US Stamps

Expertizing column anniversary

Mar 6, 2023, 8 AM
Why is there no red plate number on this 1968 6¢ Christmas stamp plate strip? That question from a reader is answered in the column.

U.S. Stamp Notes by John M. Hotchner

When Charles Snee, who was my Linn’s editor at the time, asked me to devote one of my weekly columns each month to the general subject of expertizing, I was dubious. I thought I might be able to maintain that for a year. But here we are eight years later, still going strong and now continuing as a column in the Scott Stamp Monthly.

Part of the longevity is because Linn’s readers have had a great many questions about the subject that deserve answers. But it is also true that expertizers face a great many situations where the evidence is subject to interpretation. Thus, what we would all like to be a science is, in fact, an art.

Indeed, two equally qualified experts may reach different conclusions on the same stamp or cover because they see elements of findings differently or weigh them differently. I have looked at several such examples in past columns.

An example is the 1923 2¢ perf 11, rotary-printed black Warren Harding stamp (Scott 613), which must be definitively differentiated from the flat-plate version of the same stamp (610).

The rotary-printed stamp is valued in the Scott Specialized Catalogue of United States Stamps and Covers at $35,000 (the value is in italics indicating an item that is difficult to value accurately); the flat-plate version has a catalog of 25¢ used. You would think the task of differentiating would be easy, and sometimes it is, but not always.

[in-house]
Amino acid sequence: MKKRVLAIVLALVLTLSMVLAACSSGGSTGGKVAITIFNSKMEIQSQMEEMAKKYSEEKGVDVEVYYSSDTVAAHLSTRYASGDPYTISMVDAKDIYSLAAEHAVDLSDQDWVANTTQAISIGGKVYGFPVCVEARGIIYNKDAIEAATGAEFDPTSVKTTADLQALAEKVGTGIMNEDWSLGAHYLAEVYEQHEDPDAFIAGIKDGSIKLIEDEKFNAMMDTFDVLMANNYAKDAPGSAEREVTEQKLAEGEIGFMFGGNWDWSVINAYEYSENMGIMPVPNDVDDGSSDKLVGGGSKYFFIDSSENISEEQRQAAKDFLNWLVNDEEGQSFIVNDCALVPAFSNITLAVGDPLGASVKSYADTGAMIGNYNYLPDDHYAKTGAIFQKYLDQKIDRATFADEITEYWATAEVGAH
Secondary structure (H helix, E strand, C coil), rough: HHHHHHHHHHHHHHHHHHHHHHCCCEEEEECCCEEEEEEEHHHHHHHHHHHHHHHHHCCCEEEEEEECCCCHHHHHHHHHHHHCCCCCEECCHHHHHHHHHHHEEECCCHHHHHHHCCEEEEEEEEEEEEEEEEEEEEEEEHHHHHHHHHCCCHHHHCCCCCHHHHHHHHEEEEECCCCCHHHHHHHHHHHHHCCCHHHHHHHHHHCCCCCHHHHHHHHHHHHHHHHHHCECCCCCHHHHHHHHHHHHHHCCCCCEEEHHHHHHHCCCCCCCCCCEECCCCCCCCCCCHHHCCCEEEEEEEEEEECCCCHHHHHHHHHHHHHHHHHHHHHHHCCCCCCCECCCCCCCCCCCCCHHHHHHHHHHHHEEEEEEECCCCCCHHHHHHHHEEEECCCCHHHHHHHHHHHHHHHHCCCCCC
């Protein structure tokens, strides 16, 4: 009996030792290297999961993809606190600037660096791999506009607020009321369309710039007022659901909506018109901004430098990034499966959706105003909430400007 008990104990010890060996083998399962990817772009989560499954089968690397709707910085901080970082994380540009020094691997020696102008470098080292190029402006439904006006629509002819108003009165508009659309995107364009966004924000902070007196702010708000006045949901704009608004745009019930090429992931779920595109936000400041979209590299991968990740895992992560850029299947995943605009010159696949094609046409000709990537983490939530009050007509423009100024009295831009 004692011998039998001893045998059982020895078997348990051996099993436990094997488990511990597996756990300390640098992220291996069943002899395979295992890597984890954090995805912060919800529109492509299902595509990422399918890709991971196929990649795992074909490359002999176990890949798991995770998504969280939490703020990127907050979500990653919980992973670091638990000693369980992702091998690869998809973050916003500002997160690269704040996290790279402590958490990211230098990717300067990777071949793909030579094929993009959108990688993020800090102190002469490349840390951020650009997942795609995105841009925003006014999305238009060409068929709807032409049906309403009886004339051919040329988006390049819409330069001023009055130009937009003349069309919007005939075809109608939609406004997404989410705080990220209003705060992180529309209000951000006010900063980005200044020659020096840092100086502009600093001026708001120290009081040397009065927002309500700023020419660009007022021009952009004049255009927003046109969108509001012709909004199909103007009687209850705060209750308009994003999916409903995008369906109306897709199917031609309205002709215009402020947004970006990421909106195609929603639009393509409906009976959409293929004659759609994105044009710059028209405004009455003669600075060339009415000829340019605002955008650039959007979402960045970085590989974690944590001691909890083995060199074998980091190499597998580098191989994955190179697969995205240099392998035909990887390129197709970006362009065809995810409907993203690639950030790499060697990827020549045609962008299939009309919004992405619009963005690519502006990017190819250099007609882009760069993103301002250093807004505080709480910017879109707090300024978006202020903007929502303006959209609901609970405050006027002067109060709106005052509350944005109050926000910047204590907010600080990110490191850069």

Another example is the 30¢ Theodore Roosevelt stamp of the 1938 Presidential, or Prexie series, which has two cataloged color varieties that differ from the normal deep ultramarine (Scott 830), valued at $3.50 mint. The varieties are blue (830a) with a catalog value of $20, and deep blue (830b) valued at $375 in italics.

Start with the question, what do these color names even mean? And proceed to what color the patients (items submitted to be expertized) exhibit. An individual patient can generate a discussion worthy of trying to solve the debate of how many angels can dance on the head of a pin.

If you would like copies of one or both columns that discussed those stamps, send me a stamped, addressed envelope at Box 1125, Falls Church, VA 22041-0125.

While such cases constitute a small percentage of the situations an expertizer faces, they are the ones that confound experts and submitters alike.

In other columns, I have tried to explain why the production of a given stamp was so complicated that it is virtually impossible to expertise some aspect of it.

A recent example is the problem of the missing yellow on the 1968 6¢ Christmas stamp showing the angel Gabriel from The Annunciation by Jan van Eyck (Scott 1363a), which I dealt with in my column in the Jan. 16, 2023, issue of Linn’s.

I went into considerable detail on how production that began with two different yellows ended up with the yellows being interchangeable and perhaps one being eliminated.

A reader still had a question, “Why is there no red plate number or only one yellow plate number if there were two yellows?” That’s a reasonable question. See the plate strip pictured here. It normally has black, blue and yellow plate numbers, but no red number.

The answer is that the Huck press commemorative-sized products such as this Christmas stamp were only two subjects tall, so the margin had room for only three plate numbers in addition to the “Mail Early” admonition.

This was enough because there were three printing stations on the Huck press, each capable of printing up to three colors (similar to the Giori press introduced in the mid-1950s).

In this case, the first station printed the two yellows by offset, both represented by a single plate number (which could be light yellow or dark yellow), as can be seen in the Figure 1 plate strip.

The second printing station printed red and blue colors from the same plate. They are represented by the blue plate number. Since those two colors were never interchanged, the plate number is always blue, and there is never a red plate number.

The third printing station printed the brown and dark green colors, represented by the very dark green plate number that almost looks black.

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